(Weeping. must not take on thus, If you do, I shall be exTam. Unfortunate! call ine rather fortunate; tremely uneasy. I am come back alive; alive and merry, Emily. Emily. Excuse me; I cannot help it-but, be Emily. I am glad you have saved your life. assured, I esteem you as much as ever, sir,

[Weeping. Tam, Esteem, and sir! This is cold language; Tam. I dare say you are. Look on me, then. I have not been used to hear you talk in that What, not one glance ! Won't you deign to look style, Emily. on your poor maimed soldier !--[Pausing.)-Is Emily. I don't know what I say, I am not it possible, then, that any little alteration of my well— let me retire. person can occasion a change in your senti

Tam. When shall we vame the happy day? I shall make shift to dance on that occasion

ber.

ments?

'tis true

though as Withrington fought- on my stumps, | and honesty. Let me once see you behare like Emily. Tell me, when shall we be happy? a poltroon or a villain, and you know I would cat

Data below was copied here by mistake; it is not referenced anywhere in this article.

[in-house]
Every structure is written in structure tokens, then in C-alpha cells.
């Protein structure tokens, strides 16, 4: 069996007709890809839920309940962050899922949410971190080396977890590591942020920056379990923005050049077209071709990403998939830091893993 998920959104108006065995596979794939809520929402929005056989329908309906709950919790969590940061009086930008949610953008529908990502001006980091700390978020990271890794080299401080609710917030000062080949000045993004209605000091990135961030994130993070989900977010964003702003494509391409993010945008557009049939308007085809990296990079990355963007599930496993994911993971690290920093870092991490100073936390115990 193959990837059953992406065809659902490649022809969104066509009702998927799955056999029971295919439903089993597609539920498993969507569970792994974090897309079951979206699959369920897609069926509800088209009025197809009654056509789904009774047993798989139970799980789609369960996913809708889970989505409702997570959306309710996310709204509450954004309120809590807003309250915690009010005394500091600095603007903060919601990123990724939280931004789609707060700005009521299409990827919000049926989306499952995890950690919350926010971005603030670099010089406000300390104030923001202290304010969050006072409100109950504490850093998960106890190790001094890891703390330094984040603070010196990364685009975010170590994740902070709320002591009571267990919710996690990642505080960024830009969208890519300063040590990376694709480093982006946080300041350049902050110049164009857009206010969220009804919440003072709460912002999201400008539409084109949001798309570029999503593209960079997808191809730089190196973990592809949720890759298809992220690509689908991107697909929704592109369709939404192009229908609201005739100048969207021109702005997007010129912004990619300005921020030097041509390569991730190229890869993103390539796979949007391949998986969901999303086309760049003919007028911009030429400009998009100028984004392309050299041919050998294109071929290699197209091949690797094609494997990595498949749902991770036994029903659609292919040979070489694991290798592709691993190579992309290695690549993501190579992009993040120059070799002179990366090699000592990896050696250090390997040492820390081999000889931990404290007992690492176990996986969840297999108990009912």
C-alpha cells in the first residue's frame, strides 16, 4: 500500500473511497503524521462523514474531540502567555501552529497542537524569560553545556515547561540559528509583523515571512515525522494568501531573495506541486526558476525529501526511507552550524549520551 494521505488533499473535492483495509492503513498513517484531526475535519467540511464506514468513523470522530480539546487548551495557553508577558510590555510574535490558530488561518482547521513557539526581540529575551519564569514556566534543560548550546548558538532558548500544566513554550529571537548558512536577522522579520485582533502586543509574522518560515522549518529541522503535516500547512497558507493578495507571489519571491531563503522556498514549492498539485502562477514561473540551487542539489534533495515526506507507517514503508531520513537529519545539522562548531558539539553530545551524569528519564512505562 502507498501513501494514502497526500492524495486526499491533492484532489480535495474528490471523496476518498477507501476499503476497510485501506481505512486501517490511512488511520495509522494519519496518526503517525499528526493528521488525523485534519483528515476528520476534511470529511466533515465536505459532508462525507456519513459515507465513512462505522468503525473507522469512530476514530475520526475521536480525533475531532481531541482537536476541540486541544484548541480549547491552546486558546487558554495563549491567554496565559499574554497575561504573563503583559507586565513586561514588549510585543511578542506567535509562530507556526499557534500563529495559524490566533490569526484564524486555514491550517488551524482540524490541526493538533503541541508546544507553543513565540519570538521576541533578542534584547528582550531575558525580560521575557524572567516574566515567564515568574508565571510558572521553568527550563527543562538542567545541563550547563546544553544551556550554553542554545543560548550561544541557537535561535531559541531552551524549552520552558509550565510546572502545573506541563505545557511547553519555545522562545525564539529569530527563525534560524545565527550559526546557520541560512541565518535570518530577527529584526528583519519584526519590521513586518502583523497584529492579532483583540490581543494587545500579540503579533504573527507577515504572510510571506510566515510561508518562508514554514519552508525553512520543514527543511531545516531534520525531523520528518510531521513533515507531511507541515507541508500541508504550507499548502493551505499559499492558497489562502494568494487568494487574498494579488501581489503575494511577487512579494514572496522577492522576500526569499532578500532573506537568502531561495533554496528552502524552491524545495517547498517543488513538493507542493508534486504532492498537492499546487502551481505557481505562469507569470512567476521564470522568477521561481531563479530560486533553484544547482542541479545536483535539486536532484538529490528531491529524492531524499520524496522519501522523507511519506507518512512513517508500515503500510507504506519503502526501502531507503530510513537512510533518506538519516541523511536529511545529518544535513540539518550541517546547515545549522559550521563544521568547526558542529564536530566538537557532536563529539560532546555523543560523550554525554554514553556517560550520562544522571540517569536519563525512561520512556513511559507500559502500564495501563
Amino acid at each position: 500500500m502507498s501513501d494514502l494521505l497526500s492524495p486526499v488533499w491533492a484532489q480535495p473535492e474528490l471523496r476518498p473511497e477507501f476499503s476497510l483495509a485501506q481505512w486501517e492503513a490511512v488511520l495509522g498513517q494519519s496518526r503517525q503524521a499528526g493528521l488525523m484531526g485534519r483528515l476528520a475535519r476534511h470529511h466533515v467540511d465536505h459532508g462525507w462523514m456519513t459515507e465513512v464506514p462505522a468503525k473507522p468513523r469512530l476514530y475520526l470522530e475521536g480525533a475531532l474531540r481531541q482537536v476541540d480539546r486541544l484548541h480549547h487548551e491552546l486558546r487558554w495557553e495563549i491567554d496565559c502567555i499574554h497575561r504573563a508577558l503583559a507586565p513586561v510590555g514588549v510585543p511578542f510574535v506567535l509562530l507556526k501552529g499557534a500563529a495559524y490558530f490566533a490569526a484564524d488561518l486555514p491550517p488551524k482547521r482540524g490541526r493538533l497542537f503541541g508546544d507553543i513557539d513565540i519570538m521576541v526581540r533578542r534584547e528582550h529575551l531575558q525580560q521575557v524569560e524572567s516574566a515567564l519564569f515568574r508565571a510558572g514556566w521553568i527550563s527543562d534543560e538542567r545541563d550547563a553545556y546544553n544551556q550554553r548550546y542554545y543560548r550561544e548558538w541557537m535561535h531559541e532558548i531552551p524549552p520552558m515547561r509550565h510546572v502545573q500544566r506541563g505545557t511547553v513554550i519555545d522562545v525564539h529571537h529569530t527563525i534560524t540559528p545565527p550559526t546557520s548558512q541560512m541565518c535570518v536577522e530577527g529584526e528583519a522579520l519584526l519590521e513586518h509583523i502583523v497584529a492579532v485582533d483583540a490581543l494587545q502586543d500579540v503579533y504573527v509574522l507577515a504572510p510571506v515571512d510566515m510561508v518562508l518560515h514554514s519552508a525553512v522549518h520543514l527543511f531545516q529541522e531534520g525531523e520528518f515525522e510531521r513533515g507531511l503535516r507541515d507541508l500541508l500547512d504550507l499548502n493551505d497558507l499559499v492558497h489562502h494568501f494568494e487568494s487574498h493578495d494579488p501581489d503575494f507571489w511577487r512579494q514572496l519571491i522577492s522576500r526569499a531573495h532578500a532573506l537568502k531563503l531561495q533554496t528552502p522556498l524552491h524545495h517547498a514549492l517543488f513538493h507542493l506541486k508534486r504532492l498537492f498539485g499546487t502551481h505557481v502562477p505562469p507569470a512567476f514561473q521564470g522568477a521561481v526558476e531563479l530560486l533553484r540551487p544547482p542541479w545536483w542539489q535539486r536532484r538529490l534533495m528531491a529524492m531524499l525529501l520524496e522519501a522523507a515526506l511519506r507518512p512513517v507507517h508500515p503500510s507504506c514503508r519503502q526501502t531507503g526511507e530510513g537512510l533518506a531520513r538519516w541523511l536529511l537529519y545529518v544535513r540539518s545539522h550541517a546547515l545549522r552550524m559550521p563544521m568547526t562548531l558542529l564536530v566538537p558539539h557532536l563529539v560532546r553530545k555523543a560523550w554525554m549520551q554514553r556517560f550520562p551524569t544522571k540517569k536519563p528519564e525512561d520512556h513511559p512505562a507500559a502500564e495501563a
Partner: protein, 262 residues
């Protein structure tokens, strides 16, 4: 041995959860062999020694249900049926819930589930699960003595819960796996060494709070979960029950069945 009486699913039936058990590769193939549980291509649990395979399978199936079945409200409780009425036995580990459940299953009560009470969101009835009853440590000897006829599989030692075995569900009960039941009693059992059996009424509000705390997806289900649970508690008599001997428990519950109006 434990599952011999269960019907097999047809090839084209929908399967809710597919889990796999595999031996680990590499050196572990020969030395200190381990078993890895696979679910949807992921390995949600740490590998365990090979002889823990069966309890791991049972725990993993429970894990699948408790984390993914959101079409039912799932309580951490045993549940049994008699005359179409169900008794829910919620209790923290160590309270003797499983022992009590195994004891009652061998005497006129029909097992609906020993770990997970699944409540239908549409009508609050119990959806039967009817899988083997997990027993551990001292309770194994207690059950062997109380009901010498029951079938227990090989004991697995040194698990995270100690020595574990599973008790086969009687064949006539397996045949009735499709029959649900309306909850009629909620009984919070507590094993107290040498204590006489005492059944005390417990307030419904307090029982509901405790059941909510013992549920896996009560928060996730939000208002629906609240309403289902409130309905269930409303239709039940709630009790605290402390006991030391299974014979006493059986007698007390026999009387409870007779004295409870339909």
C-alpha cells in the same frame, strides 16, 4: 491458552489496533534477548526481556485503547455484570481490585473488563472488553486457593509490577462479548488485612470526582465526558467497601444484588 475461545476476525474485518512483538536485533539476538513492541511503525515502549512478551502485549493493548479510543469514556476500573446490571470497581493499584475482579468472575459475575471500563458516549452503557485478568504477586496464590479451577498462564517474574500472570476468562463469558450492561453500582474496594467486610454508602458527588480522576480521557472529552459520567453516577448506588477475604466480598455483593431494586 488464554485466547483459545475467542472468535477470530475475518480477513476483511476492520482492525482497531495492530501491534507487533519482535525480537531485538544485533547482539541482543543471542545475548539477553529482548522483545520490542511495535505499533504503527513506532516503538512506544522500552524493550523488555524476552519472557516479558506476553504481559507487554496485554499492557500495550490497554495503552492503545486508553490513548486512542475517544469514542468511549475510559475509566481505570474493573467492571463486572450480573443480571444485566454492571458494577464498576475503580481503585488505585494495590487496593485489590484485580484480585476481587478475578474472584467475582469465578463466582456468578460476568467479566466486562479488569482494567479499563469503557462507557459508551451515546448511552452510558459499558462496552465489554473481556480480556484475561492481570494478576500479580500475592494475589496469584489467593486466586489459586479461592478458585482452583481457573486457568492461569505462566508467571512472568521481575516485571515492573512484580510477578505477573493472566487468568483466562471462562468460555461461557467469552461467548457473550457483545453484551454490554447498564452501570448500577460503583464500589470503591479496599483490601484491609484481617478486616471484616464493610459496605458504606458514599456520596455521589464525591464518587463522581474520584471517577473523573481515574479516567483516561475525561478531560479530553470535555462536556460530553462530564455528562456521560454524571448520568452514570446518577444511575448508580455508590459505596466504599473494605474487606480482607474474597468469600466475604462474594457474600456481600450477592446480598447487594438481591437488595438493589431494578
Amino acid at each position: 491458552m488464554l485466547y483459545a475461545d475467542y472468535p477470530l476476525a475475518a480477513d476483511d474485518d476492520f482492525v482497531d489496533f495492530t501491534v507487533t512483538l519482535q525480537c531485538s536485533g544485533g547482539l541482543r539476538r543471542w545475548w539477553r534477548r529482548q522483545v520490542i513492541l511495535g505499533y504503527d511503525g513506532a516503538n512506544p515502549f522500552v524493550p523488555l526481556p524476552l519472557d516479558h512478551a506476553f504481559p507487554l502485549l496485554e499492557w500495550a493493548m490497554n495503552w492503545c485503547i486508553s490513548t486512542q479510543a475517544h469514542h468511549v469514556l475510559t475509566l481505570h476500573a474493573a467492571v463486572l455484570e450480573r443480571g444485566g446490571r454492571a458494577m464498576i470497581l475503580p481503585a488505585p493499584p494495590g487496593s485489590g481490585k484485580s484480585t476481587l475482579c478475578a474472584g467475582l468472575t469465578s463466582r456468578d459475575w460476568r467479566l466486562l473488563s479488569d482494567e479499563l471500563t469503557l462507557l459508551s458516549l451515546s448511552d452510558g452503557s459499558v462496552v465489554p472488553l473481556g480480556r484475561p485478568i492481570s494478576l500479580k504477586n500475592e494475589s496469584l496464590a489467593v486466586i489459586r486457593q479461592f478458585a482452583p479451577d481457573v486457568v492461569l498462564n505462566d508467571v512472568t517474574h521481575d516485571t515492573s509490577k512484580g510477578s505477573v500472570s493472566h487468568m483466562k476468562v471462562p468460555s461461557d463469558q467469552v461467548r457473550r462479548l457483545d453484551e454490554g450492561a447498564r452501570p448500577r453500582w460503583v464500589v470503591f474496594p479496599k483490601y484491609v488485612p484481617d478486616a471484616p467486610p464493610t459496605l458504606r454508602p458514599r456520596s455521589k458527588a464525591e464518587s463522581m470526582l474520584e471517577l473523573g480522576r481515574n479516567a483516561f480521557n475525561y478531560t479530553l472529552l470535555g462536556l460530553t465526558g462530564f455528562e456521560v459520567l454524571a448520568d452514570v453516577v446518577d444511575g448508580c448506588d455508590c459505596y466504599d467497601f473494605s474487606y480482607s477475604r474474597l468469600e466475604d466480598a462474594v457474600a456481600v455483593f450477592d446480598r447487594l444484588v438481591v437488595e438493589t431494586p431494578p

Emily. I grow more and more faint-lead me your throat, colonel! to my chamber, Bell.

Tum. I don't doubt you, major; but if she Bell. She is very ill don't tease her now, don't love me for my own sake, for myself, as I colonel; but let us try to procure her some re- said, how can I ever be certain that she will not pose.

transfer that love to another? Tam. Ay, ay, a short sleep and a little reflec- Belf. For your own sake! for yourself again! tion, and all will be well, I dare say; I will be why, what, in the name of commou sense, is the here again soon, and adıninister consolation, I self of yours, that you make such a rout about' warraut you. Adicu, my dear Emily! Your birth, your fortune, your character, you Emily. Adieu ! Oh, Bell!

talents, and, perhaps, sweet colonel, that sweet (Erit in tears with Bell, person of yours-all these may have taken ber Tam. (Assuming his natural uir and munner.] --and habitude, and continual intercourse, nes -Ha, ha, ha! Well, Belford, what is your opi- increase her partiality for them in you, there nion, now? Will she stand the test or no? than in any other person. But, after all, Dore